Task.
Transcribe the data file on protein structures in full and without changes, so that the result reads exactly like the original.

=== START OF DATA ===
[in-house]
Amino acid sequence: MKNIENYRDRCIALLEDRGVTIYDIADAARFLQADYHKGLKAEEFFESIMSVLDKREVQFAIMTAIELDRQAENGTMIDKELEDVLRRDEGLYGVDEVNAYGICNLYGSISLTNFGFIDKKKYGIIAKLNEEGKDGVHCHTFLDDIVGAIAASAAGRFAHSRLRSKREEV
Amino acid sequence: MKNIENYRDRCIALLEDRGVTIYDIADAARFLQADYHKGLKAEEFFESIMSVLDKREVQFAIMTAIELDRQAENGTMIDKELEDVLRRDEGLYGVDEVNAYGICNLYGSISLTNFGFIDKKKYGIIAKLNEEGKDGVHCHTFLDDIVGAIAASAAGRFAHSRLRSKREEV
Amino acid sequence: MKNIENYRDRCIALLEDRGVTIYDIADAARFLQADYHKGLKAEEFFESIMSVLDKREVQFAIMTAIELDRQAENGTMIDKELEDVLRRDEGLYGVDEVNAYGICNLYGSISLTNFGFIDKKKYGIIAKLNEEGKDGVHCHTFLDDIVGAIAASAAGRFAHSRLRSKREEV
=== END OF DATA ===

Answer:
[in-house]
Amino acid sequence: MKNIENYRDRCIALLEDRGVTIYDIADAARFLQADYHKGLKAEEFFESIMSVLDKREVQFAIMTAIELDRQAENGTMIDKELEDVLRRDEGLYGVDEVNAYGICNLYGSISLTNFGFIDKKKYGIIAKLNEEGKDGVHCHTFLDDIVGAIAASAAGRFAHSRLRSKREEV
Amino acid sequence: MKNIENYRDRCIALLEDRGVTIYDIADAARFLQADYHKGLKAEEFFESIMSVLDKREVQFAIMTAIELDRQAENGTMIDKELEDVLRRDEGLYGVDEVNAYGICNLYGSISLTNFGFIDKKKYGIIAKLNEEGKDGVHCHTFLDDIVGAIAASAAGRFAHSRLRSKREEV
Amino acid sequence: MKNIENYRDRCIALLEDRGVTIYDIADAARFLQADYHKGLKAEEFFESIMSVLDKREVQFAIMTAIELDRQAENGTMIDKELEDVLRRDEGLYGVDEVNAYGICNLYGSISLTNFGFIDKKKYGIIAKLNEEGKDGVHCHTFLDDIVGAIAASAAGRFAHSRLRSKREEV